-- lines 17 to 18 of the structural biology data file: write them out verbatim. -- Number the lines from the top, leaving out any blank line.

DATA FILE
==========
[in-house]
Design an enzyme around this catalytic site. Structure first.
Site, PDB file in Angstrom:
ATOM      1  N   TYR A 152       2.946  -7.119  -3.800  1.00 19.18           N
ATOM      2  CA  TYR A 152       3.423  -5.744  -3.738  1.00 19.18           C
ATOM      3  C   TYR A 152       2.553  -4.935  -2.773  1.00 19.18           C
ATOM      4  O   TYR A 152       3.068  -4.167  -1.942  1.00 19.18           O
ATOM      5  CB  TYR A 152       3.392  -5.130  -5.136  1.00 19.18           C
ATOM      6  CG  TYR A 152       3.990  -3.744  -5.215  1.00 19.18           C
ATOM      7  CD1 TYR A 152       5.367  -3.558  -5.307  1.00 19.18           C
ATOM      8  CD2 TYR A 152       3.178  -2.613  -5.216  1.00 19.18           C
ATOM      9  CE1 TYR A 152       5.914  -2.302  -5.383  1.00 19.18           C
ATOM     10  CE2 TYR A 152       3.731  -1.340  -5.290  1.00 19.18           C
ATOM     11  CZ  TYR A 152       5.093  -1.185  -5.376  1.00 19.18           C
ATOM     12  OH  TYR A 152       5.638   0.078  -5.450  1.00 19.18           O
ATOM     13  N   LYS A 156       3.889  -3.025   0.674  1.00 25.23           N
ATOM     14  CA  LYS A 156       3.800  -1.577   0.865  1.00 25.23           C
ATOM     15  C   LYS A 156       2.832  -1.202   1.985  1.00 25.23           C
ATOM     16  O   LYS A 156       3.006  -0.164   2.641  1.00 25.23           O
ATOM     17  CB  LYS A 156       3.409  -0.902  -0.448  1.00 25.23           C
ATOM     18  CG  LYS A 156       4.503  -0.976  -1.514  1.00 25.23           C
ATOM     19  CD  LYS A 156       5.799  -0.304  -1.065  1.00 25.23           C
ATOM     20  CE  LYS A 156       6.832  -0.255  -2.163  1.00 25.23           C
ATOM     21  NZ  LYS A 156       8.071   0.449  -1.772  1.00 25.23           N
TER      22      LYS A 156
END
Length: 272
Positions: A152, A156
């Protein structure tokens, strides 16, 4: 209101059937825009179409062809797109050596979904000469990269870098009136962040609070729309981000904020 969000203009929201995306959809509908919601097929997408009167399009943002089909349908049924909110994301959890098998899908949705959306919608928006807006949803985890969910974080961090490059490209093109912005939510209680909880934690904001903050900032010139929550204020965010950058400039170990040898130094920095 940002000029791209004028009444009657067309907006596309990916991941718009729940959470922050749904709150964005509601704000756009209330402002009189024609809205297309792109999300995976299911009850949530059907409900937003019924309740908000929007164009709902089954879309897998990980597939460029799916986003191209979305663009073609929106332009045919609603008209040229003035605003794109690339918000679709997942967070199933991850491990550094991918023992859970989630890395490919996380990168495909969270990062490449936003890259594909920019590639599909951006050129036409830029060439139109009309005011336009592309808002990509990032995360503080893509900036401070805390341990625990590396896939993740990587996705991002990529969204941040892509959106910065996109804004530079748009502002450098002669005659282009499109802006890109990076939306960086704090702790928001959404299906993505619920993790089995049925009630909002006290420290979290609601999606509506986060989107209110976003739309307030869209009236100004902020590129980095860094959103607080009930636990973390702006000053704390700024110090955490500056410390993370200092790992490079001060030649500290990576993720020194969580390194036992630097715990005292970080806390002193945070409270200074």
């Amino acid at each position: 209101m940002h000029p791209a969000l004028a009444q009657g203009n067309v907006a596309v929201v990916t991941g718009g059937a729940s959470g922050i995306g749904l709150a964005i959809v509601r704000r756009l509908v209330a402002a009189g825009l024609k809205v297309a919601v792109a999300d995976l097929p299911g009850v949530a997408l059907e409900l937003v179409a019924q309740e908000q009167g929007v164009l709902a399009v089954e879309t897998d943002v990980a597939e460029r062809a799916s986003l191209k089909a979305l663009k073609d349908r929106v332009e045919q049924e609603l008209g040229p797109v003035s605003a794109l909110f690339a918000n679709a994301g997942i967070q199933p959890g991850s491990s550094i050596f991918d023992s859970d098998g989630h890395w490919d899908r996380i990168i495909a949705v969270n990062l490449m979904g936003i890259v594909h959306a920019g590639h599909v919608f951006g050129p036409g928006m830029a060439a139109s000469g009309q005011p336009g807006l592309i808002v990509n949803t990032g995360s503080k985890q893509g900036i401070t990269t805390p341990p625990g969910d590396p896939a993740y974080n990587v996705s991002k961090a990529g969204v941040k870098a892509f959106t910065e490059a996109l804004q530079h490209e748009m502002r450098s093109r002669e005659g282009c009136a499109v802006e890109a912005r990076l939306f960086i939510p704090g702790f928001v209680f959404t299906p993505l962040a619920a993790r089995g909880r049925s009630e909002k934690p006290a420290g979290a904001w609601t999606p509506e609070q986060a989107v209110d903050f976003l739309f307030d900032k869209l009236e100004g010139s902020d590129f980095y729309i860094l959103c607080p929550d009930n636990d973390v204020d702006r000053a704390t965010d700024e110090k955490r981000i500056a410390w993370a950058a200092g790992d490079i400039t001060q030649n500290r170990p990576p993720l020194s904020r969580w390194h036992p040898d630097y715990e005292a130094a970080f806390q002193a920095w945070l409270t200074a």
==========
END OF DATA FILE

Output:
ATOM     14  CA  LYS A 156       3.800  -1.577   0.865  1.00 25.23           C
ATOM     15  C   LYS A 156       2.832  -1.202   1.985  1.00 25.23           C